Suspect admits role in attack on off-duty cop, tells NYPD it’s his ‘third time doing this’
“NYPD detectives will go to the ends of the earth to ensure these criminals are brought to justice. Our message to them: There’s nowhere to run and nowhere to hide.”
By Nicholas Williams, Emma Seiwell, Thomas Tracy
New York Daily News
NEW YORK — Bronx cop mugging suspect Oshawn Logan told police his participation in a brutal attack on an off-duty NYPD officer was his “second, third time” carrying out such a crime, court papers state.
A complaint filed Saturday in Bronx Criminal Court says Logan and other members of the mugging crew took a credit card and other items from the officer, Muhammed Chowdhury, when they brutally beat down the off-duty cop as he was jogging Tuesday.
“They got on him. The [credit] cards and whatever, they got from his wallet. I mean, everybody used the card,” said Logan, 18, according to the complaint.
The credit card was used in a Bronx store to buy “numerous” items, the complaint says.
“It’s like my second, third time doing this,” Logan told police, according to the complaint. “Third time. I just, I’m never doing this again.”
At arraignment in Bronx Criminal Court on Saturday afternoon, Judge Lisa Headley set Logan’s bail at $50,000 cash, according to a court clerk. Logan may also post a $100,000 insurance bond or a partially secured bond of $100,000, a percentage of which would have to put up in cash.
The most serious charge Logan faces is first-degree gang assault, court records state. He’s also charged with robbery and unlawful possession of a false ID.
Outside the courtroom, members of Logan’s family insisted he is not guilty of the charges.
“My cousin is innocent. He didn’t do anything,” said a cousin, who gave her name as Laroya. “This is mistaken identity.”
“He was with his friends, but they were into something he didn’t know they were going to do,” Laroya told the Daily News. “He didn’t do that type of stuff.”
This is Logan’s first arrest, police said.
Before they busted Logan on Friday, investigators identified him with help from an extensive video canvass, a police source with knowledge of the case said.
After they mugged Chowdhury, the suspects fled in a stolen black sedan, said police sources.
Using surveillance video, detectives tracked the sedan block-by-block up to four miles before spotting Logan getting out of the car and going into a building he often frequented, the sources said.
Logan and his associates are suspected of swiping at least eight cars from Bronx and Queens drivers this month before switching gears to brazenly robbing random pedestrians. They’ve committed at least 19 crimes this month, police said.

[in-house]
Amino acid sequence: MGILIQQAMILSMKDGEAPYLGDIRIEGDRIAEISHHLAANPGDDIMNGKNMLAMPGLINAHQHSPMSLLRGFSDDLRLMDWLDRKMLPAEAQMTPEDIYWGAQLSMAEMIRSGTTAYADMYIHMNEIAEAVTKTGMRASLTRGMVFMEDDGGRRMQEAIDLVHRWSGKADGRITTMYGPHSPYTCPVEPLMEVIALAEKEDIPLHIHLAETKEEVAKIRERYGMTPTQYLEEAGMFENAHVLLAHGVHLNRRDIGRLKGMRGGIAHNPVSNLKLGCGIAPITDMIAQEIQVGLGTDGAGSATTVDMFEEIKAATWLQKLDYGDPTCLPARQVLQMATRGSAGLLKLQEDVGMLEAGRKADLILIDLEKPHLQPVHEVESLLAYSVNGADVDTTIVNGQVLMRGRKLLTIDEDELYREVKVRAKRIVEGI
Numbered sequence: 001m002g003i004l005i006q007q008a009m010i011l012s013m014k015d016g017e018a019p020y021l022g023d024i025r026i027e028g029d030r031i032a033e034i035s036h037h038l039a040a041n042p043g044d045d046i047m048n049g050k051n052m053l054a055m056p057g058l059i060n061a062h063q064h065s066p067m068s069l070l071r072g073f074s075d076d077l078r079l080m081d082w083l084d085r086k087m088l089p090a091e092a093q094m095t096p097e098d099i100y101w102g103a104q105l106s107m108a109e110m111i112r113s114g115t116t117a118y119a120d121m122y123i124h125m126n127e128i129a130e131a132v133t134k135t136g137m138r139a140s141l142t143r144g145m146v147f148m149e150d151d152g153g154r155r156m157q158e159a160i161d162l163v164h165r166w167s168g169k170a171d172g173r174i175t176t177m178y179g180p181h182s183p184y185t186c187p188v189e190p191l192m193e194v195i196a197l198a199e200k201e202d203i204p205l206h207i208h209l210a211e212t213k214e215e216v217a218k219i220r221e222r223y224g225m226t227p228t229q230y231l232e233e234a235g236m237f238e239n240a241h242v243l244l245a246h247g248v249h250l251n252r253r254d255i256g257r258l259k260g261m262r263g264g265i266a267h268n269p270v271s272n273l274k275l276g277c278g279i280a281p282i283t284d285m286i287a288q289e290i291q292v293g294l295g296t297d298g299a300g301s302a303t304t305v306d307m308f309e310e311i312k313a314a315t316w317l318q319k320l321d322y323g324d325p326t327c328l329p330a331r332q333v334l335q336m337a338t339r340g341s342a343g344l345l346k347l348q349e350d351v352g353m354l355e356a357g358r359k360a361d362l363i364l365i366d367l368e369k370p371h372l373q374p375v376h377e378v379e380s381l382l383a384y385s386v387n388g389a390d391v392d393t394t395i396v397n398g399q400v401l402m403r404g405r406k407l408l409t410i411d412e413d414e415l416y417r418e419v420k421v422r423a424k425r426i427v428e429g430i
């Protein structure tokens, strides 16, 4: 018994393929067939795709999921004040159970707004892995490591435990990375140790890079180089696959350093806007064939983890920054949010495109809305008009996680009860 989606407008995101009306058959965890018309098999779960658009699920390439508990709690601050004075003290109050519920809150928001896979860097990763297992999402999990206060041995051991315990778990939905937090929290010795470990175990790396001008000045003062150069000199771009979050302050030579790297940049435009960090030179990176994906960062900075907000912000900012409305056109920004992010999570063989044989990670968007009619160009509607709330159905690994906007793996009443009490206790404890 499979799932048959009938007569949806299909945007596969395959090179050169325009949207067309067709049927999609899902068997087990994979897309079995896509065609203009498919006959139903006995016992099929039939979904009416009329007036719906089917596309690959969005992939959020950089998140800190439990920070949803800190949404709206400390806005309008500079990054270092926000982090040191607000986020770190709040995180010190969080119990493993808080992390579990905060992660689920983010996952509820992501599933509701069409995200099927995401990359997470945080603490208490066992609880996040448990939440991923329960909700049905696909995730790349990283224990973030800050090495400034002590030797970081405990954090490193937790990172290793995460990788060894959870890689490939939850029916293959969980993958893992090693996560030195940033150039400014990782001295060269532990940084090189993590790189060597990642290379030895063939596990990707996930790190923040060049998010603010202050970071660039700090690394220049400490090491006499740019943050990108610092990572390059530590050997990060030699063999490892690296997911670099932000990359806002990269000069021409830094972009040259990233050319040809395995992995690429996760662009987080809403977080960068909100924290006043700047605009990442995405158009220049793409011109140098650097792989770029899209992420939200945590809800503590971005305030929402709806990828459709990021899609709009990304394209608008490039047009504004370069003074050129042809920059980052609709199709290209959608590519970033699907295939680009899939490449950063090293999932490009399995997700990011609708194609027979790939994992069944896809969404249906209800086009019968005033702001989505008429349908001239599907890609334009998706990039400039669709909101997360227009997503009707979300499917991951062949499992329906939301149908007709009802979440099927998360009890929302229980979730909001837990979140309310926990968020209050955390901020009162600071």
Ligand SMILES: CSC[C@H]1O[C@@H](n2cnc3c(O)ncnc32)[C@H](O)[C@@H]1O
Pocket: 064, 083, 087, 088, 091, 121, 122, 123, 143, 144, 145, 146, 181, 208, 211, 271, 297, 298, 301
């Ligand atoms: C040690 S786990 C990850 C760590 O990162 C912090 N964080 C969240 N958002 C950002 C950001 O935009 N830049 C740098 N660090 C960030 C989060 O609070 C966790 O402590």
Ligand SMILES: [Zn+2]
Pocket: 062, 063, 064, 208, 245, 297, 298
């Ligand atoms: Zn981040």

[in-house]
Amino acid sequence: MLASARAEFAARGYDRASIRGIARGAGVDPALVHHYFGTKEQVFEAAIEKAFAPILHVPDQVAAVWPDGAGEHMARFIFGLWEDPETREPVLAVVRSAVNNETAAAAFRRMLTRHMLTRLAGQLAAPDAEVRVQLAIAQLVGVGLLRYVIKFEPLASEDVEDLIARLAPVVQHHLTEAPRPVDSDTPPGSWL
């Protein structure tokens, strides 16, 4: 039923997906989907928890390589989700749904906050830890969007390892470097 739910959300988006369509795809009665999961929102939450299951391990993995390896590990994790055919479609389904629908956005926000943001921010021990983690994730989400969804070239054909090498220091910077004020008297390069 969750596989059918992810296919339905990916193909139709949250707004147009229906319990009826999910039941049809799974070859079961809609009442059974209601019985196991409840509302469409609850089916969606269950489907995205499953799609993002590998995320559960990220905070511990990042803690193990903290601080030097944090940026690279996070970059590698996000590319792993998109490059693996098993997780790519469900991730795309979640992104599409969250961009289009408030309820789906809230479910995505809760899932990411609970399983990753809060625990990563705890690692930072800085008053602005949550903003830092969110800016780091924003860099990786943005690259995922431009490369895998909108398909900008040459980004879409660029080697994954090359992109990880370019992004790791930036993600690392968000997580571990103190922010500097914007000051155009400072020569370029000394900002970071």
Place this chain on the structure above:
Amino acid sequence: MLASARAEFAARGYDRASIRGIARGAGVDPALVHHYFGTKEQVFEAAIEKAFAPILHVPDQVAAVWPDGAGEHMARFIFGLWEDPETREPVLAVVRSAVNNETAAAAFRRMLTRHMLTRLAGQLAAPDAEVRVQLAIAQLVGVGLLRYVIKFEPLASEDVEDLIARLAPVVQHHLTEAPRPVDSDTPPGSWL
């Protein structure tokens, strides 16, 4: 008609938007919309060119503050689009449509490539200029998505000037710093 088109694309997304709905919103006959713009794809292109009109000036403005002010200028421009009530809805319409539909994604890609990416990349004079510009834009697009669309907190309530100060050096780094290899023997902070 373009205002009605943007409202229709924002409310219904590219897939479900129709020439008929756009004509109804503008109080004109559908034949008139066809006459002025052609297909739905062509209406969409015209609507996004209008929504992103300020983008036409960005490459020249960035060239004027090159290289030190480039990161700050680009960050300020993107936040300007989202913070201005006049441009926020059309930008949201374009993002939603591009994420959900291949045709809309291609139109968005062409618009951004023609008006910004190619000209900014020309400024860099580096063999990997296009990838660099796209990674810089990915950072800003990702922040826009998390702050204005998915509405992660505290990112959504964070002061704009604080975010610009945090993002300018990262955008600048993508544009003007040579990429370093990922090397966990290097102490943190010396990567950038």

The “run and gun” strategy, where three or four criminals surround, beat and rob people on the street, is nothing new, but has been seen more frequently this year and are being used by a handful of crews throughout the Bronx and upper Manhattan, police sources said.
A similar crew is suspected in a mugging of a 26-year-old off-duty officer and his two friends on Dyckman St. in Manhattan’s Inwood neighborhood. The crew robbed the officer and his friends of jewelry, cellphones, cash and credit cards — items they can quickly resell on the street.
One of the officer’s friends was pistol-whipped during the heist.
“What’s crazy is that these robberies are random,” a retired NYPD officer told The News. “They aren’t targeting off duty cops. They’re just robbing anyone and everyone they come across.”
The suspects often wear clothing of a similar type and color, making it harder for them to be recognized by their victims.
The muggers are as “fast as velociraptors” and use “herding tactics of lions and wolves,” the officer said.
“They overwhelm their (victims) by using their speed, sheer numbers and ambush predator tactics,” he said. “They then disable their prey by going for the head with a knockout followed by a curb stomp for instant incapacitation.”
The thieves then run off as quickly as they arrive, usually to a waiting car, police said.
On Monday, the day before Chowdhury’s attack, they robbed six people in five separate incidents, cops said.
The crew also became more daring, carjacking a 52-year-old livery cab driver of his 2016 Honda in Co-op City in one Monday incident and holding a 39-year-old man from behind while an accomplice repeatedly punched him in the face, cops said.
Eugene O’Donnell, a professor at the John Jay College of Criminal Justice and a former police officer, suspects these robbery crews act so brazenly because they know state bail and discovery laws passed in the last few years making it harder for cops and prosecutors to prove crimes in court.
“They may be taking more audacious actions perceiving that the risk of apprehension and meaningful punishment are now quite low in a city where the police are officially discouraged or outright forbidden from acting,” O’Donnell said. “You also have many more people at liberty who would once have been incarcerated.”
Now that Logan is in custody, the rest of his crew should be easy to find, said Detective Endowment Association President Paul DiGiacomo.
“We said we’d get the cowards responsible for preying on New Yorkers and our off-duty brother police officer — and this arrest is just the start,” said DiGiacomo.
“NYPD Detectives will go to the ends of the earth to ensure these criminals are brought to justice. Our message to them: There’s nowhere to run and nowhere to hide.”